Hope Star from Hope, Arkansas on January 21, 1936 · Page 2
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Hope Star from Hope, Arkansas · Page 2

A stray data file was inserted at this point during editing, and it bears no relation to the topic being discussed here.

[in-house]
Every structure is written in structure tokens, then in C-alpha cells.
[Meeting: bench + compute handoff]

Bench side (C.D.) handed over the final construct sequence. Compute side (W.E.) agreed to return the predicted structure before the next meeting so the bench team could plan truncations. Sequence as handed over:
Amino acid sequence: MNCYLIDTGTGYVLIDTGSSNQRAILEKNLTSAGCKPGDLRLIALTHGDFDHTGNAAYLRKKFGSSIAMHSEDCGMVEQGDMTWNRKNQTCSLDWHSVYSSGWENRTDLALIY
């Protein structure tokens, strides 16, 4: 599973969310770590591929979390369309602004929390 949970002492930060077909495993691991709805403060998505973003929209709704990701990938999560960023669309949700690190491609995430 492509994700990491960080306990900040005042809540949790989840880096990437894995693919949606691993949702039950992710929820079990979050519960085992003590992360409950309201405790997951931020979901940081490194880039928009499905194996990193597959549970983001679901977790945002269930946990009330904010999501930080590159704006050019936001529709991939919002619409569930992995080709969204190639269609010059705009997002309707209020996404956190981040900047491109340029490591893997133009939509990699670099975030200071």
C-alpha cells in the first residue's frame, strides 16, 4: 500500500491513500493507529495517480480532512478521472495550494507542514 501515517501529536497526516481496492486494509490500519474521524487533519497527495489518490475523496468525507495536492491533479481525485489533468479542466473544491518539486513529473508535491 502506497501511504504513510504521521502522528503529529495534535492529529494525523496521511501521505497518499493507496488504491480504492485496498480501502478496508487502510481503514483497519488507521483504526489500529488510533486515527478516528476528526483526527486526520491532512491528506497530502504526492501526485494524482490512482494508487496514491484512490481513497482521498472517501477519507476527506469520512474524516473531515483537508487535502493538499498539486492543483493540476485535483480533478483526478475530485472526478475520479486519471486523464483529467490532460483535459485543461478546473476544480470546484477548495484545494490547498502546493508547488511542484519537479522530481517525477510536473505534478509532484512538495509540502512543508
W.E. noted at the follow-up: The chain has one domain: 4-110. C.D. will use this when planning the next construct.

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nightly. th«ft she wants tft through the yeaft, j How can you , J>*%f!r f%» 8*tald From afternoon by Star Publishing Co., Inc. . Atex. «. WasnbutnV at The Star building, 21S-SM South street, Hope, Arkansas. C. fi. PALMER, President ALEX, tt. WASHBUBN, Editor and Published Entered ns second-class matter at the postof fice at Hope, Arkansas Undef the Act of March 3, , you r8 get . ting adequate and prot*? "«st? Vfell just by the wny you «ssl Immediate- &- R. Stilled ly after you've dressed and eater breakfast A.nd by the Way you fee' again about four in ftve afternoon. You may be .sleepy when you wake xip to turn off the alarm, but yoxi shouldn't be just plain tired, weary in every muscle. By the time you (have bathed, dressed nnd had breakfast, even the sleepy feeling should disappear. If it doesn't, and yoi stumble around dully and half-heartedly until about eleven o'clock, you'd __ TOV< 411X . UJ>V , , better try to get a little more sleep _ circulated advertisements, and to furnish that check'"upon r:leh n '8ht. If this doesn't help, see ,t which no constitution hns ever been able to provide."—Col. R I • vom ' rtoctor - Also, Cheek tip on your •'- 1 - • • • i bed nnd the ventilation in your room Perhaps your mattress is too soft Rate (Always Payable in Advance): By city carrier, por ! or too hard. Maybe you need n smatl- I.W.M. c*~. ^^ *.^~ $ 65 o By mail j n Hempstead, Nevada, j "" or a larger pillow or none in all i It's possible that you don't get enough fresh air in your room. Perhaps yov should drink a glass of milk before you go to bed. Mnybe you never y Oeflnitlon: "The newspaper is an institution developed by modern civil- V. 't'« I? 8 * 10 ** to P«sent the news of the day, to foster commerce and industry, tnonth ' ' 4 wees lac; per monm tsc; one year $6.50. By mail, in Hempstead, Nevi , , Httwto-d, Miner and LaFayette counties, $3.SO per year; elsewhere $6.50. -*fa ^ .-P~>^1 — -.1 - B il i i> -.----... , _._ T Member of The Associated Press: The Associated Press is exclsuivelv to the use .for republication of all news dispatches credited to it or iSdt otherwise credited in this paper and also the local news published herein. National Advertising Representatives: Arkansas Dailies, Inc., Memphis, Term.. Sterick Bldg.; New York City, 369 Lexington; Chicago, 111., 75 E. Wack< ^ Qrtvie; Detroit. Mich., 338 Woodward Ave.; St. Louis, Mo., Star Bids. Charges on Tributes, Etc.: Charges will be made for all tributes, cards Cf thanks, resolution, or memorials, concerning the departed. Commercial •newspapers hold to this policy In the news columns to protect their readers from n deluge of space-taking memorials. The Star disclaims responsibiliety lor the safe-keeping of return of any unsolicited manuscripts. j withdraw from one another, and grope for some escape from life's cruelties. This is especially true of the surviving child, who grows painfully to should eat or drink immediately before retiring. Anyway, whatever you do. don't so en sleeping restlessly or too little It is important to your health, ch'arn and beauty that you humor and pamper yourself to the extent of gottin» proper rest. J George 5th Dies (Continued from page one) general reserve and serious aspect and By DR. MORRIS FISHBEIN Editor, Journal of the American Mod° teal-Association, and of Hygela, • the Health Magazine ij *Phare is no short cut to dietary "knowledge. '' Food fakers and charliitans will try to convince you there is. Some, for , instance, argue that raw foods in the natural state will promote health. A raw food diet, however, is not the best diet for man. True, a certain amount of uncooked fruits and vegetables is essential t " in any well-balanced diet. And food {,. l may lose vitamin content and certain „ ~ Valuable salts if it is heated for any "•> length of lime. " l On the other hand, heating kills harmful germs—a process essential in *' thfc case of meats. It also develops v odors and flavors which sharpen the appetite and favor digestion'by softening fillers and by coagulating protein. Since raw food does not appeal to the appetite as does properly cooked food, and may contain germs that could not have survived heating, this manhood feeling himself an alien soul j his father's winning personality and lost in a world filled with meaning- i gay removal of the isolation of the !:ss harshness and stpdidity. i throne which had grown up in Queen And in following the fortunes of this Victoria's reign. George V neverthe- lad. Mr. Friesen contrives a moving ' and poetic protest against those blind human forces which keep life from being the vibrant, satisfying thing it might be. He not only presents a fine picture of a bewildered immigrant family trying fruitlessly to adjust itself to American life; he goes beyond that to discuss the heartaches which any sensitive human beging must suffer in coming to terms with life anywhere. Published by the Paxton Printers, the book .sells for $3.50. less was popular and had stamped himself as capable of independent thought. The nation had had a sharp example of that in 1901 when he returned from his colonial tour and made a dramatic "Wake up, England" exhortation at the Guildhall. from the beginning. King George contrived by democratic participation in many public events and by other means to strengthen the crown as an unifying influence, divorced from domestic party strife, in the country and empire. His stress on the principle of imperial sovereignty came to the fore in 1911 when, with Queen Mary, he made a notable visit to India. Sets Personal Example In War When the war cast its shadows over "I'm in for it now," said Miss Blunt ] ^ llr °Pe. King George made every ef- By Olive Roberts Barton to Mr. Blank, the'principal. j fort to prevent the outbreak, address"What have you done?" he asked.''"8 Personal appeals to the emperors "Well, I simply couldn't stand that room so I decided to clean up. If of Russia and Germany. When these failed and his own coun- some of the clothes and bodies antt I \ r y was plunged into the conflict, he heads of those poor little kids aren't issued a proclamation mobilizing the *>;' V*' If looked after soon, it won't be my fault." Mr. Blank, who admired the cour- *_ f *• , i tt «_ i ' »*•«**•**» tv n\J Civil II1*. tW VI HJ Will ~ type of diet may actually be danger- • agc and brisk ^termination of. this •i* v»i f •' --i.'- v. i. experienced teacher, looked a bit selves-to lending the royal influence r -«.£? • • , gOC l i P ™ VG • shocked. "Yes, I think you may be in and encouragement to every form of British army and announced an un- wovering determination to fight until victorious. The ruler and his family set themselves to lending the royal influence (4 -there is no one-track rule in science. ' r *^A good diet will contain some foods , ,* i cooked because cooking helps them, I' isnd -other foods raw because cooking C? harms thetti. fa foregoing articles, you have learn- 'j'-ed the essentials that go into health- f^ful diet. il ! Hemember that your diet may be ^'insufficient in quantity or in qualify. |plt may yield td*o little itssue-building ?'f materials, such as protein; too little for it—right. I'd .like to see some of the letters that come in. How did you •work it? Write notes?" "Yes, I did. I even suggested to Johnny^s mother that she put every dud that child wears in the stove. She goes out looking like a million national activity in aid of the fighting forces. Strict economy measures were put in force in the royal household. The king paid repeated visits to his troops in Belgium and France; in 1917 he stripped German titles and names dollars and they have a car, too. But trom the royal family and changed the thqir boys are a disgrace to the town, (name of the ruling houseoprom that of I know they sleep in their clothes. Saxe-Coburg-Gotha to Windsor. That sweater hasn't had a bath since Post-war years brought home rule to Today's Health Question Q.—Is the amount of gray hair likely to be increased as a result of having one permanent wave a vear by an experienced operator? Is there any scientific basis for the belief that gray hair is the result Sf insufficient iron in the system? If so, could the condition be improved by the use of foods recommended for their iron content? Can the increase of the number of gray hairs be prevented by use of cod liver oil as a means of improving the vitality? A.—One permanent wave a year would probably have no effect on the- color of the hair. It does, however, cause the hair shafts to break. There is no proved connection between the amount of iron in the •system and the color of the hair, and it is probable that cod liver oil would be of no service in preventing grayness, though it mi»ht serve a useful purpose if the general nutrition is below par. Even "then it would probably have no effect on the color. it was new in September, and neither Ireland, a larger share in self-govern- has Johnny. He sits right under my i mcnt to India as well as steps towards nose and I don't need any affidavit on j her independence, and the significant that." (development of the British commonwealth of nations with the crown as the chief link of the empire. . They also brought difficulties in the domestic situation, culminating in the Tlie indignant Strange to say, however, Miss Blunt received only two _ indignant notes from, parents. There" was an instant response to her utimatum. She even (general strike of 1926 which paralyzed received a few apologies. But Johnny's mother came herself to speak her i mind. She had much to say about I "old maids" not knowing anything [ about children and how hard it was to keep them clean. She would have her know, too. that the sweater in j question had cost five dollars and she ' wasn't going to have it ruined in the I wash. His suit also had cost plenty ! and she wasn't intending to run up cleaners' bills for five children. j A little boy crossed the hall just : then, and Miss Blunt spoke. ! "Do you see that little fellow? He j is always that way—as neat as a scrubbed stone. He has several sisters and brothers all around his age. The family lives in three rooms and an aunt cares for them because the industry and even threatened a social revolution. Illness Endangers Life But the country as a whole held firm to the respect it had always shown to the king and the political crisis passed to be succeeded by a greater crisis, his serious illness. This started in November, 1928, when a chill believed to have been caught on Armistice Sunday, when he stood baroheadct l in ™in during the ceremony at the Cenotaph, developed into fever and some congestion of one lung. In December counsellors of state wore appointed; an operation was performed to drain the right side of the king's chest. Back on his feet again, ho suffered two relapses, an abscess fuel material, such as fats, carbohydrates, and excess protein; too little iu the way of such excess mineral salts as iron, iodine, and calcium. Finally, .it may contain insufficient amounts of the necessary vitamins. However, you do not buy your food as protein, carbohydrate, fat mineral salt, or vitamin. You buy it in the form of eggs, meat, milk, bread potatoes, and similar foods. In previous discussions, you have learned which food substances provide building materials in greatest quantities. " In buying foods, remember that the ^wrong kind of diet may lower your resistance to disease or that an insufficient amount of certain minerals or 'of vitamins may lead to disease by consequent damage to your tissues. mother is dead. Poor Boy Kept Clean having formed under the site of the "I don't suppose his whole outfit operation scar. costs more than a couple of dollars. Faded? Yes, from soap and water. A second operation was subsequently performed and portions of two ribs But to me those little togs are fari were removed to drain the abscess, more magnificent than if they had '• Recovery was rapid but it was not cost a hundred, and were dirty. The | until January, 1930, that he fulfilled children help, of course. I've been his first public engagement by opening there and I know. I went to take them food and to see that Tommy had i cod liver oil because I saw him run- the London naval conference. Gradually he extended the range of his activities and his health remained satisfactory except for attacks of time work and yet they manage to' rheumatism which kept him from at- buy soap." "Well, all right," declared Johnny's j mother. "But I still think it is none | of your business." tending royal courts in 1930 and 1933. Marries Brother's Fiancee King George, whose full name was ; George Frederick Ernest Albert, sec- of tfder ths mie Dalton then raraW of, „ ham and ft brilliant Cambridge scholar, Spott and study were intermingled In their early training but, that aver 'heir father had further plans. Winning Queen Victoria to his way of hlnhlng, he had thorn entered In 1877 as naval cadets on the Britnrmin nt £pithend. Welcomes Life nt Sen The zest with which George entered into the training is typified by his words to the instructors: "Don't bother with my bvithef; hp'.s jfoing to be king, Tench me; I'm going to be a sailor." Two years later they joined the "Bacchante" and made a cruise to the West Indies, in which the princes were rated midshipmen. George made many friends. Full of fun, he gained one nickname as "The Right 'Royal Pickle" nnd as a midshipman he be- cnme known ns "Sprats." He sought no favors nnd if his work wns not distinguished by brilliance it eW incognlk '' In April, 1910, King Edward contracted n cold at Sandringhatrt. His condition grew steadily worses on May 6 he Hied and George V succeeded to the throne Because his eldest son was not yet 16, a regency act wns passed in which his consort, Queen Mary, wfts nominated to become regent In event of the king's denth while his heir was under ase. A- King Up to the World War When the sailor prince ascended the throne to become "George V, by the Grace of God of Great Britain, Ireland and the British dominions beyond the seas. King; Defender of the Faith, Emperor of India." The immediate heritage from hi father's reign was a constitutional crisis, precipitated by the rejection ol Lloyd George's 1909 budget by the house of lords. It had simmered fitfully until after the new monarch'; coronation. With that ceremony over, Herbert It. Then Mr. Blank stepped up. He ond son of King Edward VII and spread some oil on the waters, but cas- Queen Alexandra, then Prince and ually mentioned the Board of Health, j Princess of Wales, was born June 3, The lady left quietly. "I hate to meddle with people's affairs this way," sighed Miss Blunt. "But I ju.st had to." 11865, in Marlborough House, London. On July 6, 1893, he married Princess Victoria Mary, who had been betrothed to his elder brother. She was the A Book a Day By Bruce Catton And it was then that Mr. Blank pat- 'daughter of Frederick, Duke of Teck, "Flamethrowers," by Gordon Frit-' sen, is a first novel which is well worth reading. It is ovcrlong arid confused, but it is passionate and i-tal. ! and it has some passages of genuine ' beauty; and that, after all, is a good i deal more than you can say for most 1 novels those days. | Mr. Friesen tells about a Gernu.ii j family from the Russian Ukraine, i which fled from the capricious di:.*- i potism of the czar, back around 1SOO, I to find happiness in America. , Tragedy dogs the family's footsteps ted her arm and said. "I've given or- J and Princess Mary Adelaide, Douchess decs to all the teachers to do the same of Teck. thing. We have all been martyrs to j They had six children, the youngest our noses long enough." | o £ Whom, Prince John, died at the ! age of 14 in 1919. The others are: The "' ! Prince of Wales, born June 23, 1894; ' the Duke of Yprk, born December 14, ' ! 1895; the Princess Royal, born April i 25. 189T; the Duke of Glouchester, born I March 31. 1900; and Prince George, i born December 20, 1902. i The Princess Royal was married to j Viscount Lascclles, now Earl of Hare- J wood, in 1922 and a year later the | Duke of York married Lady Elizabeth B jwes-Lyon. j Four grandchildren of King George No one but yourself can make a v -'crc born ta these unions. The prin- By Alicia Hart from the start. A child is killed a:; i flat rule about the number of hours'toss became the mother of two sons they flee across the Russian border, j you need to sleep each night. Some I while the Duke and Duchess of York Then, settling in the great American i can get along happily on six, or even •' were- parents of Princess Elizabeth, wheat belt, they make the dishearten- | five. Others—and this applies to the j horn April 21, 1926, and Princess Maring but natural discovery that Kansas j majority of adults—need about eight, garet Rose, born August 21, 1930. i:5 not Russia. The homely amenities of the village life they had known are gone; in their place is the rawness and crudity The problem is indeed an individual | Childhood and Youth one and only by the time-old trial and '• The prince who was to become King error method can you find out. However, one general rule we can (George V had no "petticoat" education. His father, then Prince of Walts, ,';,"i-.V lo thai. natural to a frontier community. | make, and this is that each person They feel isolated and alone; they should figure out what rest .she needs 1 George wa.s only four when he was fit least was typified by 'wlnninR ways Asquith. then prime minister, fin- nnunccd that he had obtained from (lie king a definite assent to use the royal prerogative for creating enough pei-s to insure passage of a parliament i bill shearing from the lords their pow| or on money bills and. under certain ' conditions, other public legislation. ! Assumes SoverehiRty at Home. Abroad Threat of the royal prerogative proved sufficient for enactment of the bill and the politial significance of the incident on the constitutional position of the crown as a force above domestic party strife was marked The groal coronation ceremony, held June 22. 1911. in Westminister Abbey, contained a notable departure from precedent. George V took an amended oath, clipping from the centuries- old words the statement that offended Roman Catholic subjects: "The invo- calion or adoration of the Virgin Mary and the sacrifice of the mass as they are now used in the churches of Rome are superstitious nnd idolatrous." The public assumption of royal authority throughout the United Kingdom was completed by state visils to Ireland. Wales and Scotland and late in 19)1 the king and queen marked their imperial sovereignty by n visit to India. They sailed November 11. 1911 from Portsmouth; their ship cast anchor December 2 off Bombay; and ten days later a spectacular coronation durbar was held outside Delhi amidst thou- sans of natives and troops. Then from his throne the king-emperor read an announcement of great political moment—the capital of India wns to be transferred from Calucutta to Delhi. Esatcrn Bengal i-eunited to Bongal and the enlarged province given a governor in council. War Halts Irish Deadlock Home again in February, 1912, the main problem facing the government was Irish home rule and for months u conflict that raged in parliament was echoed by conflict in Ireland. The deadlock continued well into 1914 whon the king again brought into relief the conccuption of the crown uk an influence above party strife by calling a conference in Buckingham Palace. He urged "a spirit of generous compromise" but the conference failed to produce results and the World war pushed the question into the back- round momentarily. In the meantime, the king and queen had strengthened their hold on the loyalty of their subjects. If the court was marked by less of the grandiose pagcntry that King Edward had brought to it, nevertheless by simplicity and kindliness it created a great appeal among all classes. King George was a frequent attendant at the theater and .football, cricket and p°'o matches; he swung a pick in n coal mine; and there were visits to many parts of England and Scotland. Visits Germany and France In 1913. the king and queen went to Germany on tho occasion of the marriage of Prince Ernest Augustus of Cumberland to the Kaiser's daughter. Later there was the politiaclly significant visit to London of President Poincare of France as the king's guest and the return call in 1914 when King George and Queen Mary went to Paris. The World War Years In tho fevered days that followed the assassination of the Austrian Archduke Fran/. Ferdinand and his consort in Sarajevo, King George made every effort to avert war. On August 1, 1914, he dispatched a letter to the president of France in which he said in part; "I am, personally, using my best endeavors with the emperors of Russia and of Germany towards finding some solution." Helps England's Will to Win Within three days the breach was beyond healing and the kins immediately let it be known that no effort would be spared to carry England's cause to victory. The king and queen led the royal family in patriotic work. There was a succession of messages initiating or supporting movements at home; cheering words went to the front. Meanwhile, the royal household set a pattern of rigid economy. It was placed on ''war rations" and the king announced in 1915 that he had suspended the use of alcoholic beverages for himself, his family and the household. He ordered the names of German and Austrian rulers stricken from the Order of the Garter and two years later changed the name of the British royal family from the house of Saxe- Coburg-Gotha to that of Windsor and relinquished all his German titles. There were frequent inspections of industrial works, repeated visits to his troops in Belgium an France, tours of hospitals and institutions doing war work and trips to the Grand Fleet. It was setimated that King George attended more than 1,500 ceremonies during the conflict. Hurt en Visit to Front An accident occurred during a visit to the front in 1915 when the horse he was riding became startled by the sudden cheering of soldiers, reared, and fell back upon the king. His injuries were not serious, however, (hough he returned to England under medical supervision and was confined to his bed for some time. While still on a stretcher in France, he personally conferred two Victoria Crosses. On April 20, 1917, he attended a cathedral ceremony in London celebrating the entrance of the United States into thq war and a year later and n work-with-a-will spirit whether the duty at hnnd wns sail drill or the dirty job of coaling. In 1880 the princes started on n second cruise which took them to South America and the ship was at the Falkland Islands when orders were received to proceed to South Africa under service conditions. Boers of the Transvaal had rebelled, demanding an autonomous government but the frenty of Majubn quickly ended (he- trouble and the ship continued on to Australia, Japan, China. Ceylon, and home by was of the Suez canal. The brothers parted and George appointed to the "Canada" on the- North American and West Indian station and promoted to sub-lieutenant. Dn his return home he passed through the Royal Naval college at Greenwich find the gunnery and torpedo schools. He was promoted to lieutenant in 1885. Grows Beard. Commands Ships It was poout this time, when he had iust turned 20, that he began grow- ng the beard which in after years wns always to call forth remarks of lis resemblance to Nicholas II. the last czar of Russia. Subsequent service was spent on various ships. His first independent command in 1889 was Torpedo Boat 79 on which the sailor-prince shewed his stripes by towing into port sistcrship which had broken down ind anchored not far from rocks. In 1890 he was put in command of he gunboat "Thrush" on the North American and Indian station and in 891, after his promotion to comman- Icr, he commissioned the "Melampus." Then came two illnesses. He was >ack home when he was forced to bed vith enteric fever from which recov- 3i'y was slow. He was still recuperat- ng when he heard of the betrothal of lis brother and Princess Victoria Mary, of Teck. Quits -Navy When Brother Dies The second illness was that of his rother, who had caught a cold, while Utending a funeral. It developed into nfluenza. In January, 1892, the brother died. Hie whole course of George's life was hanged. His naval career went overboard to job up only for a brief period in 1893 when he hadj^mmand of the cru'mpr Crescent" so as to qualify for ad- 'ancement to rear admiral. In 1901 he ichieved that rank and two years later jecame a vice admiral. As Piince of Wales 1892-1910 Cast into a new role by the death of is brother, Prince George reflected he change by a growing seriousness. He was 26 years old and a whole new iDttern of life had to bo woven. In May, 1892. Queen Victiria made ier grandson Duke of York, Earl of nverness, and Lord Rothesay. and a •ear later it was announced that he iad affianced himself to Prince Vicoria Mary. The marriage took place July 6, 893, and the couple took up residence n St. James's palace, though for many •s they divided their time between iondon and Norfolk. Their first child, 'rince Edward Albert, was born in 894 in White Lodge, Richmond. Tours His Future Empire Less than two months after Queen Victoria's death and the accession of <ing Edward VII, George, who had low become also Duke of Cornwall, mbarked with his wife on a great olonial journey. Leaving England in March, 1901, hey sailed on the "Ophir" for Aus- ralia to open the first commonwealth tarliament in Melbourne. Among hose on board was the duke's early utor, now Canon Dalton. They toured Australia and New Zea- and, next visited South Africa and hen sailed to Canada. By land they ;overed the dominion from -Atlantic to :"acific. Cheering crowds awaited the royal •ouple on their return in the fall and Cing Edward made his own birthday on November 9 the occasion for prri- laiming the duke Prince of Wales. Tells IMother Country To Awake It was in the official welcome to the prince and princess at the Guildhall that George stamped himself as an independent and courageous sneaker. Sketching the experiences of his memorable tour, he presented the lesson he had learned: that the Old Country must wake up if she intends to maintain her old position of pre-eminence in her colonial trade against foreign competitors." England, for what she had seen of the heir apparent, found him popular but it was no secret that he was decidedly bored when asked to dedicate public buildings, lay cornerstones, or meet foreign personages. Coached in Statecraft To the advantages that foreign Irav- el gave him for his ultimate tasks as ruler, the prince added a first-hand knowledge of the country's general problems for his father, unlike Queen Victoria's treatment of her heir, in- isisted that his son be informed of secret dispatches and other background bearing on the shifts on Europe's checkerboard. The prince and princess undertook another great journey in I'JOS, this time to India, and for four monlhs they tasted the hospitality of native potentates, not the Jeasl of which for George was frequent shooting. After their return in the spring of 1906, there were a number of trips, including one to Madrid for the mar- •iage of Princess Ena and 1he King of Spain and to France where they triw- he became the 1 -first British to participate In tfjft eelabrirtloft America's Independence fifty. When the armistice was ^Um^ No varnbcr ll, 1918, King tJeofge spokb (o great crowds from the portico of Buckingham Palaefe and received great ovations thin, on the way to « speeW Thanksgiving service the next day "> St .Paul's, nnd on succeeding days' drives through London. Calls Americans 'Brothers In Peace' To President 'Woodrow Wilson he had sent a message which concluded: "Mr. President, it is on this day of our happiest thoughts that the American and British people, brothers-in- nrms, will continue forever brothers- in-pence. United before by language, traditions, kinship, and Itteals, there hns been sol up our fellowship the sacred seal of common sacrifice," In the next month the American president was the fvlest of the king and queen on his way to the peace conference in Paris. Troubles In Post-War Yours The post-war reign of Georpie V was marked by a welter of troubles. Immediately pressing was the Irish problem which had moved from crisis to crisis during the war. culminating In a new government of Ireland bill in 1920. Ireland nnd India Pvnlilcms The king and queen journeyed to Belfast to open tlio new Ulster parliament on June 22, ,1921, nn occasion on which the monarch sought to apply the crown's influence in healing the sores of controversy. "I appeal to all Irishmen," he said in part. "tO' pause, stretch out the hand of forbearance and conciliation, to forgive and forget, nnd to join in making for the land they love a new era of peace, contentment, and good will." Southern Ireland remained a problem, however, and at length u treaty wns siened crealing the Irish Free State. India, to. came forth with demands for independence and freedom and in December, 1919, King George issued n-royal proclamation putting into effect ti new measure which gave it a larger share in .self-government'. In 1930 a further step wa.s inaugurated with the assembling of the first India round table conference and the king, who opened it, gave voice to remarkable changes taking place within his reign. Sees Changes; Asks Loyalty "Ten years is but a brief span in the life of any nation," he said in part, "but this decade has witnessed not only in India but throughout all the nations forming the British commonwealth a quickening and growth in ideals and aspirations of nationhood which defy customary measurement of time." Two other conferences were to follow and in 1933 a bill giving form to the intended reforms was being drafted. Home troubles culminated in 1926 in the general strike and when the difficulties were finally surmounted, King George paid tribute in an appeal addressed "To My People" on May 12, 1926. saying: "Let us forget whatever elements of bitterness the events of the past few days have created and only remcm- aer how steady and orderly the country remained, though severely tested. Let us forthwith address ourselves to the ,^igk of bringing into being a peace which shall be lasting because, forgetting the past, it looks only to tho future with the hopefulness of an united people." World Watches Ills Sick Bed Two and one-half years later the eyes of the world were turned to Buckingham Palace where King jeor'ge lay seriously ill. In Decem- oer, 1928. counselors of state were appointed; the Prince of Wales made a record journey from Africa; and an operation was performed. He recovered slowly but by May, 1929. plans were well advanced for u Thanksgiving service June 16 in Westminister Abbey. Then, on May ,'iO, he was confined to his bed again. An abscess had formed under the site of the old scar. He progressed rapidly, however, and the postponed Thanksgiving was held July 7. Simultaneously similar serv- ces were hold throughout the country and the empire. His people saw him emaciated and with whitened hair, feeble in body, but with the simple cheer of his quiet smile still in evidence. The next day came the sudden announcement that a further X-ray examination had been decided upon. A second operation followed and portions of two ribs were removed to drain the abscess. It wa.s not until January, 1930, that lie fulfilled his first public engagement and opened the London naval conference. Crown Links Whole Empire On December 11, 1931, the -assent of the king was given to the statute of Westminister. This gave formal ratification to certain resolutions of the imperial conferences of 1926 and 1930 whereby the autonomous dominions shared with (he mother country in responsibility for changes in the law of succession to the throne. It was the seal on a great development within the empire, one which had bben progressing for a quarter of a century. It brought into being under George V a commonwealth of nations with the crown as the symbol of the free assocaition of the members. Royal Sportsman and Collector In King George V, the sporting world had one of its most enthusiastic principals'. Not only was he an interested spectator of events ranging from American baseball to championship cricket but he took a keen and whole-hearted part himself in many pastices. Two branches of sport drew his fullest satisfaction—yachting and shooting, both heritages from his early life. Hr- raced horses and was skilled as a golfer. As a king who had been a sailor- prince, he had a definite ta'^te for the salt air and he invariably was aboard his yacht "Britannia" for racing until the later years of his reign. He neither expected nor received any advantage because of his royal position. Once, in the Bristol Channel Royal Regatta, the owner of the yacht "Westward" protested against the "Britannia," claiming that the king's boat did not give the "Westward" a free course around one of the buoys. The committee disqualified the king's entry. The yacht up until 1933 had taken fertfVklnjf, when t* *!, <WM fcot content with n passive jftftW. There were rrtany In* Stance* where he pulled lustily on a fope and h6 always was able to give a needed ifinswer If the captain WOB Jn a tight ipot, As one ef the best shots In the coun- tfy as a youth, King George drew great enjoymoni in after years from hunting expeditions and no trip was Complete without a break in the official routine for this sport. Merely Tolerant of Racing As a duke on his colonial tour, duck* shooting in Manitoba was a highlight, while as klng-omperor on his India trip he slipped away several times for hunting recreation. His all- weather shqots at Sandrlngham became famous. As a shot he took his chances with the rest and nothing was calucluatcd' to draw the royal displeasure more than any suggestion or intimation that game be specially rounded up for him. The king was a golfer of more thfln moderate ability ami ns a follower of horse racing he maintained n largo stable and was a regular spectator at the major track fixtures. Compared with his father, however, King George had a tolerant rather than an nil-consuming Interest in horse racing. When the hard limes his country | experienced in the later days of his reign prompted him to give leadership in economy, his stable was one of the first "luxuries" (o be marked by rc- trenclunenls. He was u good horseman himself and he was frequently seen riding on Rotten Row in Hyde Park early of a morning when the court was n Buckingham Palace. Leads World Stamp Collectors One of his chief indoor hobbies for which he baccmn noted was stamp collecting. From his early sailor days on the "Bacchante" he was keenly in- J terested in philately and experts ! denied his collection the finest in ex- | istence. He line) n special time set i aside each week in which to inspect it. j In 1924 the king wa.s u delighted spectator at a baseball game betwrcn the New York Giants and the Chicago White Sox who were traveling in Europe. A foul ball sped directly for the royal head in one instance nnd although King George was well protected by the wire screening behind the homo plate, he dodged instinctively. His Private Life and Quiet Humor As an individual, King George V was characterized by n quiet dignity which, in contrast to tho fleeting spur to popular imagination that ostentatious monnrchs created, lodged him more firmly, if more slowly, in British hearts. He pursued a Conservative, even tenor in his home and official life and tho feeling which his subjects held for him became one of constantly growing depth. Simplicity in Family Circle Unlike his father, who had a flair for wide friendships, King George had a gift for making friends slowly but for keeping them a long time. Noth- ng was more typical of this than the deep friendships he kept through his reign with those very few real comrades he made in his naval career. His own home life set nn example of simplicity and moderation that caught the hearts of his suKjei?(s. He wns a family man nnd nothing was more chaacteristic than the cheerful fireside Chi-istmascs at Snndringham nnd the modest family parties in celebration of birthdays and other anniversaries. Many human little stories sprang up about him. One of the favorites has to do with his inspection of White City, a London stadium, on a Wet day., King George stepped into a puddle' of water and splashed his uniform. "Damn!" he ejaculated. "Hush, George," admonished Queen Mary. "Wait until we get home." It WHS traditional that circumspect though the king was he had learned as a sailor-prince a few expressions not found in dictionaries. Shoots Jibe at Ancestors Once when a scluplor submitted designs for some new coins, the king said: "Make a big V behind my name. I should hate to be taken for any of the other Georges. 1 ' After he became king, a story wns told that some one ventured to rein- j onstrate with him because, as many | thought, an undue proportion of invi- j tations to royal functions wenl to the 1 army and navy. His significant reply, which ended further criticism, was: "They are the supporters of my j throne. I cannot recogni/.c it too ful- j Religion WHS marked by the same ' simplicity which ho brought to other i phases of his life. He read the Bible i daily, keeping a promise that he made early in his youth to his mother, j Queen Alexandria. His preference for the conservative extended to art, literature, nnd entertainment. Once he poked good-humored fun at some futuristic paintings j and other time, on visiting a picture gallery, he said: "I do not like jaw. art." Preferred Public Theaters Where the reigns of Queen Victoria and King Edward VII were notable i for the number of private command entertainments staged for their amusement in various castles and palaces, King George had a different feeling. He showed his favor, instead, by attending "gala" performances open to the public and from which proceeds went for a pension fund in his name ; for actors and actresses. The royal ] favor was also extended to the variety ! stage, the proceeds from these special ', performances again going to the aid [ of the stage needy. ! (Continued husband. Senator TMiJ Republican, ftf Minn "I know Tom' won explains. "And *ong life for 20 yonrs. I with it." She flfmres she'll about the wny her husB vidcd she gets tho nomlfj Minnesota Republican will slny in Washington, '. Ihe primaries ore over. Then—"If they want If they don't no hftrd feftfl She accompanied Schalf| campaign since his first She did the driving and pl3 in country store- windows^ saw n crowd she would say In her soft voice: spcnkiiiR down the street, along nnd honr him." come. They're "I<nnd Poo» Now, if nominated, she'll" it: drive, put up cards and "I'm land poor," she snys.| rother have the memory years wilh Tom Schnll thnifj money he could have left,, went places, knew people, part In public life. "At night we'd come home round Tom—the three childr nnd argue out public issuos. tnlk nt mice, nil of trying tq| the others, nnd, of course, eeeding." Her eyes shine ns she reed" dents about her husband, til sen".tor who wa.s a bitter crltli present administration. 'She 'U with soft «ray hair fluffing nb face. Her features show the strain sinco her husband the weepint/ is over, and gliicl to have set her hand toj lilicnl plow. "I Wen( With Tom" "If I am elected I'll go on issues he championed. I wa fashioned American patriot!, don't think we need an nmendJj Ihe constitution, for instanc document seems sacred to mfl time may come when tho • pub want it. and when they do I'll' Tom did—as a representative people. I'll vote for it. "1 will probably muke a wide pnign among women's groups, a great faith in women as voters*! don't set-in so easily swayed by ; i.sc.s. Mrs. Schall feels that if she the senate there will be times! she'll want to speak her mind only woman members at pres Hattie Caraway of Arkansas, for her silence. "After all," she says, "I camp in the early cluys when- pl< meetings were held in saloon you know, no 'nice lady' went' saloon in those days. But I wenl. with Tom. And 1 never t unpleasant experience. Politico isn't half bad." NASAL IRRITATION, ctuetocold^L /Relieve the dryne** «n4V irritation by applying 1 ; Montholalum night and morning. 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